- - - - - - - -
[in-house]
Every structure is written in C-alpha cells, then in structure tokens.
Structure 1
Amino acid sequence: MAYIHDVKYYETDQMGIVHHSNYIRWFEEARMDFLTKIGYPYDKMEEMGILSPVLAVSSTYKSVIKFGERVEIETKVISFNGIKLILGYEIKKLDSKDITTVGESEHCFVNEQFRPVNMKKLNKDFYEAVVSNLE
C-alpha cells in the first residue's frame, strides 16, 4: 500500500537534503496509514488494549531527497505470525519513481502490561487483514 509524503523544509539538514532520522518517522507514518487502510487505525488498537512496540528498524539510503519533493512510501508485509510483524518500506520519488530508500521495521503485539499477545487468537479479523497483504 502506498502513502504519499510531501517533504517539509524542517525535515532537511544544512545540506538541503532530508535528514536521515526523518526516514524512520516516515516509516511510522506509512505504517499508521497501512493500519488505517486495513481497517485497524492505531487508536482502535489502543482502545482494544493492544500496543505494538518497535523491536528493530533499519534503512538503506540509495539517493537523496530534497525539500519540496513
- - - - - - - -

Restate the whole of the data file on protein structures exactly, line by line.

[in-house]
Every structure is written in C-alpha cells, then in structure tokens.
Structure 1
Amino acid sequence: MAYIHDVKYYETDQMGIVHHSNYIRWFEEARMDFLTKIGYPYDKMEEMGILSPVLAVSSTYKSVIKFGERVEIETKVISFNGIKLILGYEIKKLDSKDITTVGESEHCFVNEQFRPVNMKKLNKDFYEAVVSNLE
C-alpha cells in the first residue's frame, strides 16, 4: 500500500537534503496509514488494549531527497505470525519513481502490561487483514 509524503523544509539538514532520522518517522507514518487502510487505525488498537512496540528498524539510503519533493512510501508485509510483524518500506520519488530508500521495521503485539499477545487468537479479523497483504 502506498502513502504519499510531501517533504517539509524542517525535515532537511544544512545540506538541503532530508535528514536521515526523518526516514524512520516516515516509516511510522506509512505504517499508521497501512493500519488505517486495513481497517485497524492505531487508536482502535489502543482502545482494544493492544500496543505494538518497535523491536528493530533499519534503512538503506540509495539517493537523496530534497525539500519540496513